Dražen Erdemović was a Bosnian Croat locksmith married to a Serb. In a country that was falling apart, with its people forced to choose sides according to ethnicity, Erdemović belonged nowhere. At different points in the swirling conflict he had served in the Croat, Bosnian, and Serb armies, trying to survive in noncombat jobs. But in July 1995, when he was twenty-three, he was dragooned into a Serb execution squad at Srebrenica, where he witnessed things he would never be able to forget. The awful scenes were lodged deep in his brain.
Eight months later, Erdemović started looking for someone to confess to. He called the US embassy in Belgrade but was turned away, so he went to the press 12. The police, who tapped journalists’ phones as a matter of course, picked him up but it was too late. His story was all over the world, and the Milošević regime had little choice but to hand him over to The Hague 13.
Erdemović became the first person since Nuremberg to be sentenced by an international tribunal for crimes against humanity. But he will be remembered mostly for the excruciating testimony he gave on the events of July 16, 1995, when 1,200 men and boys were killed at a single site.
They would bring out groups of ten people out of the bus and, of course, they were looking into the ground. Their heads were bent downwards and their hands were tied and they were blindfolded … They took them to the meadow. So we started shooting at those people. I do not know exactly. To be honest,… I simply felt sick 14.
NATO intervention and a Croatian ground offensive forced a peace treaty, signed in November 1995 by Milošević, Tudjman, and Izetbegović at an air force base in Dayton, Ohio. But Milošević was not quite done with war. In a brutish epilogue to his decade of misrule, he sent troops into Kosovo in 1998 to crush a fledgling insurgency by the province’s Albanians. Like his earlier adventures, it left a mountain of corpses—more than ten thousand dead—and backfired totally. NATO intervened again in March 1999 with a bombing campaign that forced Milošević to withdraw his troops three months later. Kosovo declared independence in 2008.
Once more, Western intervention only came after the dead were already in their graves 15. Justice arrived even later. The Dayton Accords did indeed stop the killing in Bosnia, but the divisions created by ethnic cleansing were frozen in place. The persistent influence of Karadžić, Mladić, and Milošević meanwhile threatened to render Dayton meaningless and make the Hague Tribunal a colossal farce.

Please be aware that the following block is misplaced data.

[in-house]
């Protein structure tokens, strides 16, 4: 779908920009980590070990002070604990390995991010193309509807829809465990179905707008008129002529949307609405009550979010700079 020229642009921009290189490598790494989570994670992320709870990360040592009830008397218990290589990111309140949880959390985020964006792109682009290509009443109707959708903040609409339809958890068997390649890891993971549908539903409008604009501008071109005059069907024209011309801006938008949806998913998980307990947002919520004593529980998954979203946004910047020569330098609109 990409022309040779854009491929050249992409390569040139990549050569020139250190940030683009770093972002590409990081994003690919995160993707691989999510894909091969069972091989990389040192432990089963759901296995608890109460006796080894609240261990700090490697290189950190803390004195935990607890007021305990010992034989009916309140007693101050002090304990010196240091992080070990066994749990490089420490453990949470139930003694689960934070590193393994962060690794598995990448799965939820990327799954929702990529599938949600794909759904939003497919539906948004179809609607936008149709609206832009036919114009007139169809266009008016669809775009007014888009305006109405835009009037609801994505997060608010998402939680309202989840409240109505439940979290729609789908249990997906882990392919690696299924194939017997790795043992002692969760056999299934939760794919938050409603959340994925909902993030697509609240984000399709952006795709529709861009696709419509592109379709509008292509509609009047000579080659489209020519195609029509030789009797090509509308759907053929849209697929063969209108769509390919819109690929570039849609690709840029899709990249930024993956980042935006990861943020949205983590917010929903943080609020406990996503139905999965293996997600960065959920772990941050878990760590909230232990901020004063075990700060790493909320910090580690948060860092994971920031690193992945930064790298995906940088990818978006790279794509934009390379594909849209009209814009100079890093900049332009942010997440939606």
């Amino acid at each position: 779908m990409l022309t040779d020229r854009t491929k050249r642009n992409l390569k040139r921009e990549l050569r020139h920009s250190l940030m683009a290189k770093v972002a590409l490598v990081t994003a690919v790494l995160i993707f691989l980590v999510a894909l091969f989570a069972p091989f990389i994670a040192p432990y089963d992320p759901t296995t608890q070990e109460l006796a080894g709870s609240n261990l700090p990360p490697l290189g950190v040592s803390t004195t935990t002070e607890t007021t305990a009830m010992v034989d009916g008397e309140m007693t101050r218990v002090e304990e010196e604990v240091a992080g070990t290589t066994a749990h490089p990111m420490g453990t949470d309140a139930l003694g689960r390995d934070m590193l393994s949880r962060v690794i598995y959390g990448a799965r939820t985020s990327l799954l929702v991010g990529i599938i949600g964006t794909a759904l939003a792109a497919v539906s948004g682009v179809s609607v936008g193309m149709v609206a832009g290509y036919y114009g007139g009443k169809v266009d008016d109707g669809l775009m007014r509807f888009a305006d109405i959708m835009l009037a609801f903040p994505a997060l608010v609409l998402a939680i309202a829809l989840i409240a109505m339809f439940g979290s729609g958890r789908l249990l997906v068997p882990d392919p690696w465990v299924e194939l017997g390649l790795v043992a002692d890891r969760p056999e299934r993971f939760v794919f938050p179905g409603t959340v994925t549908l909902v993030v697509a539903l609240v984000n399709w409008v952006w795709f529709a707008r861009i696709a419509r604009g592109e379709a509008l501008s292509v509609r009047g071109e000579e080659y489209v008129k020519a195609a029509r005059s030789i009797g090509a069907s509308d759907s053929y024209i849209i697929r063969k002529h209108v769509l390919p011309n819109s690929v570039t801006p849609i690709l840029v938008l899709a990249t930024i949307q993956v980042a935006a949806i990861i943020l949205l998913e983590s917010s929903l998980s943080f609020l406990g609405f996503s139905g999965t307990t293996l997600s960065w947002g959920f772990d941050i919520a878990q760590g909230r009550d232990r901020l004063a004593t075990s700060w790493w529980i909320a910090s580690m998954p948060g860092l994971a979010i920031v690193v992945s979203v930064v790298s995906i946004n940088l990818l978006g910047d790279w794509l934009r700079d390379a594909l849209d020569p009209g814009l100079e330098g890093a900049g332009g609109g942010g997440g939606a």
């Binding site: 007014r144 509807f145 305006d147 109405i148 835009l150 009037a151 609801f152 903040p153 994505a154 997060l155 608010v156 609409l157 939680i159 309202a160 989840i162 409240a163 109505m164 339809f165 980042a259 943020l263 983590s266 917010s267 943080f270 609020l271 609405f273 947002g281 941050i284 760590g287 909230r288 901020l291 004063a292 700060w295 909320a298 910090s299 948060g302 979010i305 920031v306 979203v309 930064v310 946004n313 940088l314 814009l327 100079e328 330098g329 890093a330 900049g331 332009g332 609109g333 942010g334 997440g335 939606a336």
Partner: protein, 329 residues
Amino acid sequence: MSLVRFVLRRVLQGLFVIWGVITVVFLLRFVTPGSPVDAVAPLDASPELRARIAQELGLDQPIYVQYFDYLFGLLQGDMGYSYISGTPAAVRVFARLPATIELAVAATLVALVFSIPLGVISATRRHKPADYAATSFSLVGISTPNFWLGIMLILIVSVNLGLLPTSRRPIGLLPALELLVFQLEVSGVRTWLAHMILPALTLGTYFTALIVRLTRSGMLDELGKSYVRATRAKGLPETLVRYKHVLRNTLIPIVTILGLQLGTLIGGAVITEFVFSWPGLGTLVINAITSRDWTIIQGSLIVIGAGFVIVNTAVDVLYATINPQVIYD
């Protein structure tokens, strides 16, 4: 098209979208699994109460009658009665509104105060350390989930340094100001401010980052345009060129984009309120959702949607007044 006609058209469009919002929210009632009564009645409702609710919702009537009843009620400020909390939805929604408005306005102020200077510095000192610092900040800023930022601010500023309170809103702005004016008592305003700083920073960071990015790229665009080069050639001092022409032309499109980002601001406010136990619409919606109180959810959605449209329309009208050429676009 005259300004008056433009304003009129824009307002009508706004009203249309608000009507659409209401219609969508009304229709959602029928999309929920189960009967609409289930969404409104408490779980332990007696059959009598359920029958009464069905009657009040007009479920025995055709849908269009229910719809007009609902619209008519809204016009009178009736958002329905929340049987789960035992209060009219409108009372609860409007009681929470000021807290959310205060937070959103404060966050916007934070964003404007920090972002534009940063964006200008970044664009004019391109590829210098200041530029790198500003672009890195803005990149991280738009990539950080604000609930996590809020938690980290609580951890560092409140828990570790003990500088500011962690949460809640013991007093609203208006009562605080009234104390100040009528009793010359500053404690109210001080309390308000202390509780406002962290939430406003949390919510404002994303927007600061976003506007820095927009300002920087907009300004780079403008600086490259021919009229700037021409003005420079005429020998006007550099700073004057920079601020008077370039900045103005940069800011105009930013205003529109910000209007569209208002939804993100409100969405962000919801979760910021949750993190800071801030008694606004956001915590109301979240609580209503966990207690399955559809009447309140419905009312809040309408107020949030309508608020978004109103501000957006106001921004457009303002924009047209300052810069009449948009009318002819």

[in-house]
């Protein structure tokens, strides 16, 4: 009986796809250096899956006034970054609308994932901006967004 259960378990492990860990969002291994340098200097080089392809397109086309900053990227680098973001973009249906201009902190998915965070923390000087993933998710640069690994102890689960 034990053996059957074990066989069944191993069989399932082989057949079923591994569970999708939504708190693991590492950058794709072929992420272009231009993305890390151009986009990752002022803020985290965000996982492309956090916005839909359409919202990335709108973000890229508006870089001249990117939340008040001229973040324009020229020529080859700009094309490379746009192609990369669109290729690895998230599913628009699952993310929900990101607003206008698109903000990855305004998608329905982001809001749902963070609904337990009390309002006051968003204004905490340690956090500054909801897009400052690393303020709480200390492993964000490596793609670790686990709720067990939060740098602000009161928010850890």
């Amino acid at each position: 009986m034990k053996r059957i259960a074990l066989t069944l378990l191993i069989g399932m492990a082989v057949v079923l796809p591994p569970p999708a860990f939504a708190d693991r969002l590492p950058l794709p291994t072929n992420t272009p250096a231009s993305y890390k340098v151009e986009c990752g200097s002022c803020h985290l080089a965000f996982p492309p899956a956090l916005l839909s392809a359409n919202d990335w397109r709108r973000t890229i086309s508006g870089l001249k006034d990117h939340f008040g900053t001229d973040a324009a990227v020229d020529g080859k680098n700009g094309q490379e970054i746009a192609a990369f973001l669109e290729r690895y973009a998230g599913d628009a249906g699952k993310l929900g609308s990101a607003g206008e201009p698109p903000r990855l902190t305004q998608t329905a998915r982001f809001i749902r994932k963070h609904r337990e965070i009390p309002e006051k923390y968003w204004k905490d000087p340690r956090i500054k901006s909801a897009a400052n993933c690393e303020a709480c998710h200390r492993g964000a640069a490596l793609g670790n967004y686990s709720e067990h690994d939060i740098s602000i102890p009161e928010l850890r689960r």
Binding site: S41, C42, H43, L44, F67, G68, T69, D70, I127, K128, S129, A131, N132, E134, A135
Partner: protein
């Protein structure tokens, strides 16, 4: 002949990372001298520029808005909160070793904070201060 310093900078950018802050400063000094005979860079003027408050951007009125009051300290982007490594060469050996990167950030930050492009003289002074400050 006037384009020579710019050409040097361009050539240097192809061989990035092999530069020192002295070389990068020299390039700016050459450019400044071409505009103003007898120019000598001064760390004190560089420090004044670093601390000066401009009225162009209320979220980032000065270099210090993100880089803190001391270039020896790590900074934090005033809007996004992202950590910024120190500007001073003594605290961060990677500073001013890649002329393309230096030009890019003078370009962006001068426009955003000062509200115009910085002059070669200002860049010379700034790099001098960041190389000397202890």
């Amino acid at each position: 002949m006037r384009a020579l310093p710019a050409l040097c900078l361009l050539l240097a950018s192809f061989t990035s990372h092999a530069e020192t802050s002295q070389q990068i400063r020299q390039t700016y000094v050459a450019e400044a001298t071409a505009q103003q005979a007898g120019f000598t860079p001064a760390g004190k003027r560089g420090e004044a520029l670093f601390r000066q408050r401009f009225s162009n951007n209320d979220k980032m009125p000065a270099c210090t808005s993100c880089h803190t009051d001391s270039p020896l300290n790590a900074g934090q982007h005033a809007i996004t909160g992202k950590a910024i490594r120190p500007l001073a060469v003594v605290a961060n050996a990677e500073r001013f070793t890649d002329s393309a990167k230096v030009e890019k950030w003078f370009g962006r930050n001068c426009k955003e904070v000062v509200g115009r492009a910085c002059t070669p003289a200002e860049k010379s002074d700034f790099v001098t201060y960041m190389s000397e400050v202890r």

Yet by 2011, the ICTY manhunters had crossed off all the names on their indicted list. As this book goes to press, the last trials are under way. Karadžić and Mladić are in the dock facing the very people they tried to obliterate. Witness testimony is streamed live online. Millions of documents have been analyzed and saved. Transcripts are posted online. The buried crimes of the past are dug up and laid in the open for all those who can bring themselves to look.
It was a more substantial endeavor than the hunt for Nazis after World War II. The US-led investigators at Nuremberg had the advantage that most of their suspects had already been captured or had surrendered. The prosecutors mostly chose defendants according to the prisoners of war they already had in their cells, rather than according to the scale of their crimes. Only one prominent Nazi was tried in absentia because he could not be found—Hitler’s private secretary, Martin Bormann, whose remains were identified in 1998 16. The real precursor to the ICTY manhunt was the US Department of Justice’s Office of Special Investigations, established in 1979. Over the next quarter century, OSI “Nazi hunters” tracked down and prosecuted more than a hundred war criminals who had tried to hide in the United States 17.
Whereas the Nuremberg and Tokyo tribunals never escaped the taint of “victors’ justice,” the ICTY represented the first genuine attempt at an international reckoning for war crimes on all sides in a conflict. The judges and prosecutors were drawn from around the world, and the defendants came from four fledgling nations—Serbia, Croatia, Bosnia, and Kosovo.18 The effort to bring them to justice was long, uneven, and mired with mistakes, but it ultimately emerged as the most successful manhunt in history and an extraordinary testament to the tenacity of a remarkably small group of people. This book tells their story.

Slobodan Milošević
Slobodan Milošević

Franjo Trudman
Franjo Trudman

Radovan Karadžić
Radovan Karadžić

Ratko Mladić
Ratko Mladić

Notes
a. This is the full name of the Socialist Republic and then the independent nation, which will mostly be referred to simply as Bosnia for the rest of the book, for the sake of brevity.
b. Bosnian Muslims formally adopted the term “Bosniaks” to describe themselves in 1993.
c. Known in Yugoslav days as Serbo-Croat, it now known as Bosnian-Croatian-Serbian (BCS). Apart from a handful of differences in vocabulary, the only major distinction is that the Serbs use the Cyrillic alphabet.
d. About 11 percent of Croatia identified as Serb.
e. Chetniks were Serb bands who harried the Turks during the Ottoman era and during the Second World War were revived as a royalist resistance movement that fought first against then for the Nazi-backed regimes in Zagreb and Belgrade.